With an economic growth rate averaging 7% over the last decade, India’s appetite for energy is growing apace.
Meanwhile, around 200 million Indians still live without electricity, making the demand on energy not only an economic necessity, but a social exigency.
The Climate Investment Funds (CIF), through its Clean Technology Fund and in cooperation with the Asian Development Bank, is investing $200 million to finance large-scale solar infrastructure projects in India. One such project, Rajasthan’s Bhadla Solar Park, stands out both for scale and impact.
The expansive facility stretches across an area of more than 10,000 acres, and with a total installed capacity expected to surpass 2,000 megawatts, it is on track to become India’s largest solar park.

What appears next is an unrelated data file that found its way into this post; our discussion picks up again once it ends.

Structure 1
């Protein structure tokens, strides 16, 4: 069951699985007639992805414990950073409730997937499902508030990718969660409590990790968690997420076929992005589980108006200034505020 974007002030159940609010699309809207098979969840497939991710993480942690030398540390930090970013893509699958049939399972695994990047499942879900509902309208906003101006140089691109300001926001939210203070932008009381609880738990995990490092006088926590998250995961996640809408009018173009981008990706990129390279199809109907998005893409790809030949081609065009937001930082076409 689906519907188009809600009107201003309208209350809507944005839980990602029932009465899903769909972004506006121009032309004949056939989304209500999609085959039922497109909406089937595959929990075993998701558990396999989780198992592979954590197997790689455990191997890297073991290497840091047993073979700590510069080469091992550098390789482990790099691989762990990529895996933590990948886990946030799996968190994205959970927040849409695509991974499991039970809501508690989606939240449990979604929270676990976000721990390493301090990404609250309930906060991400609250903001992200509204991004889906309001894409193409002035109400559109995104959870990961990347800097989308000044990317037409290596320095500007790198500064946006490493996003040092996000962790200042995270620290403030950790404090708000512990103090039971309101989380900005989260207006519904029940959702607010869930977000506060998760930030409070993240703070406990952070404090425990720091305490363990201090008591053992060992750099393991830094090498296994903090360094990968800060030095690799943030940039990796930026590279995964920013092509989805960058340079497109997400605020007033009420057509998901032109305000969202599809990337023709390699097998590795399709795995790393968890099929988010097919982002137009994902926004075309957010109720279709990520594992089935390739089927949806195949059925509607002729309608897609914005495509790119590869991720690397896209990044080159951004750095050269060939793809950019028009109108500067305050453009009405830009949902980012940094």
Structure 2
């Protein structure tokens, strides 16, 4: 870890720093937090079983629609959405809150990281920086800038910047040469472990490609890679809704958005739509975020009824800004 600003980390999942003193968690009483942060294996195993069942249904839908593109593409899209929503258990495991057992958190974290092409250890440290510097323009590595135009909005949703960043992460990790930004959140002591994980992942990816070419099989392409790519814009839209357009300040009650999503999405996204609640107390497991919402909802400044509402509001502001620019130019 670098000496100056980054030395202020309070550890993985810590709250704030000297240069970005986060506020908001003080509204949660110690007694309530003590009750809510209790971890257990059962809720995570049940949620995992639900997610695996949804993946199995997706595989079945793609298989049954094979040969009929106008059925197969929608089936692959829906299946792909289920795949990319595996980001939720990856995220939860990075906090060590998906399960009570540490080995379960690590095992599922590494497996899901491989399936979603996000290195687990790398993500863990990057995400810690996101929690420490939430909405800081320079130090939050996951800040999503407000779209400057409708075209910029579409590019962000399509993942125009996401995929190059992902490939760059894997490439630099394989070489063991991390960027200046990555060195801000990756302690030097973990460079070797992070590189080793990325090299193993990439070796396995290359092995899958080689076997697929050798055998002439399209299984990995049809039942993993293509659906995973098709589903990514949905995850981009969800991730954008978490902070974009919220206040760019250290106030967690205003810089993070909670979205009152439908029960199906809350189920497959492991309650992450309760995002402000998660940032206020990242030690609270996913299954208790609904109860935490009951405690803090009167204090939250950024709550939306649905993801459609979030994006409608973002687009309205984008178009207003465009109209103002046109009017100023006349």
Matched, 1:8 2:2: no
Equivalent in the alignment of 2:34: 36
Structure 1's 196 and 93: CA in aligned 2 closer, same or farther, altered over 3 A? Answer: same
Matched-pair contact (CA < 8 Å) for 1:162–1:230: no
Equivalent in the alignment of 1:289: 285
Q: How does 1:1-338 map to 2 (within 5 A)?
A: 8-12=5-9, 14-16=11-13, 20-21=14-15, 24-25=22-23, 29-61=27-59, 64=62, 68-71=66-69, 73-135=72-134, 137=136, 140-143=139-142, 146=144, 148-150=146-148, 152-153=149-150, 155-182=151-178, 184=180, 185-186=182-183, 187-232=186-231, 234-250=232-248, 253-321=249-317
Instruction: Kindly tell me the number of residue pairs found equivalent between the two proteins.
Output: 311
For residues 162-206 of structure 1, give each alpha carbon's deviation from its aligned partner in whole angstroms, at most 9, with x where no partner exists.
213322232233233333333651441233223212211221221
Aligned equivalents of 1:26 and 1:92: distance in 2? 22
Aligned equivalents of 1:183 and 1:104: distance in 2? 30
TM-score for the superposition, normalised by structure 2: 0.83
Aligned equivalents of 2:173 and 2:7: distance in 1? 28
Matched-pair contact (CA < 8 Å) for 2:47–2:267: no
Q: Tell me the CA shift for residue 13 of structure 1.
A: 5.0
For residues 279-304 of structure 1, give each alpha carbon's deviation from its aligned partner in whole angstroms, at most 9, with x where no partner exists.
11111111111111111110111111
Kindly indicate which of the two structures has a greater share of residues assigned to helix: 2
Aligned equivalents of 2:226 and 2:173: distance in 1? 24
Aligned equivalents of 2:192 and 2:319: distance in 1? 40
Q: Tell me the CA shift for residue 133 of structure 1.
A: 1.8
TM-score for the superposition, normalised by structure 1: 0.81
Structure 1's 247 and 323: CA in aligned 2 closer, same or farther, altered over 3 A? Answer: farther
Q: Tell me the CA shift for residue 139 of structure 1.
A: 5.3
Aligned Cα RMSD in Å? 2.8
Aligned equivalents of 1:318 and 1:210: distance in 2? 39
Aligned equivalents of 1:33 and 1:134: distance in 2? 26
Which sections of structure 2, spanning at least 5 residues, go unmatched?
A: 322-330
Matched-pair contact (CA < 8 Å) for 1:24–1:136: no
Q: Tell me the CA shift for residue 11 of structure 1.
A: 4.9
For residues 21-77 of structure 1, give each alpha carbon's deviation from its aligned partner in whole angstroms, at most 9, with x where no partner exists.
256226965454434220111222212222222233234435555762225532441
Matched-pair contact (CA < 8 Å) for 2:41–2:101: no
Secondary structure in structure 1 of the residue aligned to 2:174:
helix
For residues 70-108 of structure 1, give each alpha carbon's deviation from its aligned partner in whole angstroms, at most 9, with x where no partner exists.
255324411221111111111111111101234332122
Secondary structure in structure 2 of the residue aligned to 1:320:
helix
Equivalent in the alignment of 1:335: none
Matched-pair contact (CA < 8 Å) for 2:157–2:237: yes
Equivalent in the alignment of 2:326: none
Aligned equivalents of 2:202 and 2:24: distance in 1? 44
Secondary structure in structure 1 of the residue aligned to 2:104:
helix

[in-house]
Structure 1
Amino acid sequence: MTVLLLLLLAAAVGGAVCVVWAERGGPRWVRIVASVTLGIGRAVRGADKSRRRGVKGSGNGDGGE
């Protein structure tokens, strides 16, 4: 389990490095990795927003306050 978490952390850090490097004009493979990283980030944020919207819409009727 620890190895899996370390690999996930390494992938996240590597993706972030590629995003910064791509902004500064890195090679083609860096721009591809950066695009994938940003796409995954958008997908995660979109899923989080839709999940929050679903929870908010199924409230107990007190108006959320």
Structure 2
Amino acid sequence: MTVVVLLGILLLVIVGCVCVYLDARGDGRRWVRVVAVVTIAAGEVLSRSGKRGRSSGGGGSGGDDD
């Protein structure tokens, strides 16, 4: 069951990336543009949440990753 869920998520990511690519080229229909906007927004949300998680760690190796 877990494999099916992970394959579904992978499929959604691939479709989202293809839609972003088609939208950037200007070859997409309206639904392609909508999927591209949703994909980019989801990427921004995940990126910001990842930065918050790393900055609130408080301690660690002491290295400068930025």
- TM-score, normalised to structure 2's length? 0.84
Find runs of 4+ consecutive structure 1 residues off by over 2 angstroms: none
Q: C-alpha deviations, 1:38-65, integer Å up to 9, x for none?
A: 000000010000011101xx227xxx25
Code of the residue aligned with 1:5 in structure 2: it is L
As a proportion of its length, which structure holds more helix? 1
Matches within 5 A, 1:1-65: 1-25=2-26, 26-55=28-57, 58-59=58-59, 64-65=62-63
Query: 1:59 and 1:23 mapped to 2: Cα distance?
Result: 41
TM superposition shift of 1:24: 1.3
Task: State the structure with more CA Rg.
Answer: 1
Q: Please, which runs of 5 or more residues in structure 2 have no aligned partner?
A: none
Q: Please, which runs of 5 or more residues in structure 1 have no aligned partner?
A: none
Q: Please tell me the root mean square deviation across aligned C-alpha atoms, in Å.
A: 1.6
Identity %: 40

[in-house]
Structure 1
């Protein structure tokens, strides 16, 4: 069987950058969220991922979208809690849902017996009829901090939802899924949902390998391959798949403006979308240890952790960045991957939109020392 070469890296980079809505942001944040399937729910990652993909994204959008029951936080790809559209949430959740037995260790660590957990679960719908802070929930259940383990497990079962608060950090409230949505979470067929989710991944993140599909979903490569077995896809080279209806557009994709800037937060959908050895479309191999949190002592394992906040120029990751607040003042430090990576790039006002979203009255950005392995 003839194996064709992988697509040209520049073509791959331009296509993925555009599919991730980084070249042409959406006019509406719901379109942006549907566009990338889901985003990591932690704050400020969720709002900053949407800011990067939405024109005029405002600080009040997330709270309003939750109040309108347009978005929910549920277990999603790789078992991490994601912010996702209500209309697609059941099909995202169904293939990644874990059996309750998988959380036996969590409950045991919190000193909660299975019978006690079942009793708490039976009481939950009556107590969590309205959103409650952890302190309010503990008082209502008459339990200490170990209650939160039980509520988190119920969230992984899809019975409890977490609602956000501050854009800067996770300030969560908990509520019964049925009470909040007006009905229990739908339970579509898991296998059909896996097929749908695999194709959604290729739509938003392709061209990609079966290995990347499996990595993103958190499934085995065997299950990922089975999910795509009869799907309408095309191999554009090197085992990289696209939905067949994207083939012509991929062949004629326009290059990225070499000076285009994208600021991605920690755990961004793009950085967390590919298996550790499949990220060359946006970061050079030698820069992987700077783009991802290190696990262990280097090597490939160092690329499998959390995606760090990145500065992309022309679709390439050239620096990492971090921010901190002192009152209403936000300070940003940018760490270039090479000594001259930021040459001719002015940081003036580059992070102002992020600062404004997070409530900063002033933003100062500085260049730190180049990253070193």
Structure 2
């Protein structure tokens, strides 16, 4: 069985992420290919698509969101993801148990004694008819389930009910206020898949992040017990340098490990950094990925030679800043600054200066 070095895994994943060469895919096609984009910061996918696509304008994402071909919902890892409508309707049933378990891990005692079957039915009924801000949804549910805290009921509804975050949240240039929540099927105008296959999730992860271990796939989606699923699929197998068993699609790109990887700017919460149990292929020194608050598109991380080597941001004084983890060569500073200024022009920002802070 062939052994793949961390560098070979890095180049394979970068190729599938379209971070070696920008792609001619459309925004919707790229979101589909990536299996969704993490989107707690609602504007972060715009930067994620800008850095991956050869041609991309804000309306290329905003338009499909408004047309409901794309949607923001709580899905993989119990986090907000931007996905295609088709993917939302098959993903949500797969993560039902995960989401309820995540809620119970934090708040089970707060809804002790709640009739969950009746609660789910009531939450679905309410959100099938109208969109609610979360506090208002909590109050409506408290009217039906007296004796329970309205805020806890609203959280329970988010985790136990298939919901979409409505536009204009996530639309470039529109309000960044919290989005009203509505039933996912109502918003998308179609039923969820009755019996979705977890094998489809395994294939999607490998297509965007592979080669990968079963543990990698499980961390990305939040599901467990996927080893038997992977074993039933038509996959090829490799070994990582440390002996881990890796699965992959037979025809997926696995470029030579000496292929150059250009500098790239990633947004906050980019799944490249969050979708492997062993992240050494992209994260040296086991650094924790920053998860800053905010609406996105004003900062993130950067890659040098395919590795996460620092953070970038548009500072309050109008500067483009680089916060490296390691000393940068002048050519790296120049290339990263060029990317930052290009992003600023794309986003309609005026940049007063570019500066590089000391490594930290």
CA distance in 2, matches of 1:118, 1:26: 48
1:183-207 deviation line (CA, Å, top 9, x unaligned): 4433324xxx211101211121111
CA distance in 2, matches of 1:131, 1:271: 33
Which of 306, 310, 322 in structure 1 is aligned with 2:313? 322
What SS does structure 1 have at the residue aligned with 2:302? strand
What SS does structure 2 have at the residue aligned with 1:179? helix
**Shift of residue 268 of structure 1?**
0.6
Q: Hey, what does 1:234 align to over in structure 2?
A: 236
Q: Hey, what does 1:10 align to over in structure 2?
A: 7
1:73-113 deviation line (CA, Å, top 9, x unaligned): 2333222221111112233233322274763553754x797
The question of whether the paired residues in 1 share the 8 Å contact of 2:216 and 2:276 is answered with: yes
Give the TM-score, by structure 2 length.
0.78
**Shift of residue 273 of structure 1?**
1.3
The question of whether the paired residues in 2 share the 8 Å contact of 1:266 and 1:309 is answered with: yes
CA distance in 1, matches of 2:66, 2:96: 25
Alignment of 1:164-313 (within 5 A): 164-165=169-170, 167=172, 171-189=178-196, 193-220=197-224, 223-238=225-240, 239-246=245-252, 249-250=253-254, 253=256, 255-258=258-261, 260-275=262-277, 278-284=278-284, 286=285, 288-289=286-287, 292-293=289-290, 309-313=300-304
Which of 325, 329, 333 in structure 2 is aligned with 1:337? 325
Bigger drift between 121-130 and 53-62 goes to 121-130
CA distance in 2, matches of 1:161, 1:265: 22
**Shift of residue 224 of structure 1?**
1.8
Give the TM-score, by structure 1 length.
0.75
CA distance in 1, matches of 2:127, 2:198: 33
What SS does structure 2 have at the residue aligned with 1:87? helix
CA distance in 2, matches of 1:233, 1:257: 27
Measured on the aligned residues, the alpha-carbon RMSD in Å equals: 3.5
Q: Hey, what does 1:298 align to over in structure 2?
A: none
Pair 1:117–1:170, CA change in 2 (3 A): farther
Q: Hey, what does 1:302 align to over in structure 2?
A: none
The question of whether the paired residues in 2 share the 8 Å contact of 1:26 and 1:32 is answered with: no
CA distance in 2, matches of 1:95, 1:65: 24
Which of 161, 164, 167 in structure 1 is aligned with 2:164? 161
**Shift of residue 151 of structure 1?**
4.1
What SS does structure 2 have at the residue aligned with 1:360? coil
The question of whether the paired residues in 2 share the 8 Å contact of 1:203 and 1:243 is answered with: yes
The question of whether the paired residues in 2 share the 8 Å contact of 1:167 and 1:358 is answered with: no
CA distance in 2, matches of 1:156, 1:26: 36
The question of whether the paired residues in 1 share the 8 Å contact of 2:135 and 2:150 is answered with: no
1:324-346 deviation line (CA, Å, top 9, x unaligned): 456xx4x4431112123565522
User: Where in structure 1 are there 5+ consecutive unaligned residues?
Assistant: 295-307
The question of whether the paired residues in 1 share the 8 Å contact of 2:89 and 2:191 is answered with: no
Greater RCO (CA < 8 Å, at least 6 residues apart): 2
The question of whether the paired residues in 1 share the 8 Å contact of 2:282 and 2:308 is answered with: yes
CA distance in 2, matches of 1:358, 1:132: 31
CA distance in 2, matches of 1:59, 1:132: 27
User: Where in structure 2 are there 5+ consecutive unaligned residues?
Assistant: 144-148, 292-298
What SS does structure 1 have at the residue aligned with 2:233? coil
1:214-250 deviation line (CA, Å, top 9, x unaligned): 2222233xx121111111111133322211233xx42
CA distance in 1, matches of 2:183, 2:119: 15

With low-cost loans and a decline in the cost of solar panels, solar infrastructure projects like Bhadla Solar Park are helping India reduce its dependence on imported fossil fuels. In rural areas, the technology is also proving to be a much healthier power source than kerosene for indoor lighting.
Bhadla Solar Park is driving economic growth and job creation in surrounding areas. The local service industry has benefited from the influx of workers and ambitious young Indians are finding employment in the renewables sector. Bhadla is “where the opportunity is,” said 28-year-old Raj Kumar Gupta, an engineer with Rising Sun Energy, a firm helping to develop the site.
Through this and similar projects, the government of India has committed to producing 100 gigawatts of solar power, enough energy to electrify 75 million households, by 2022. “This is easily achievable!” said Vivani Ratul, Bhadla Solar Park’s site manager.
With low-cost financing such as that provided by CIF and with the price of solar panels steadily dropping, his optimism is justified. “Renewable energy is my future and the future of India!” said Ratul.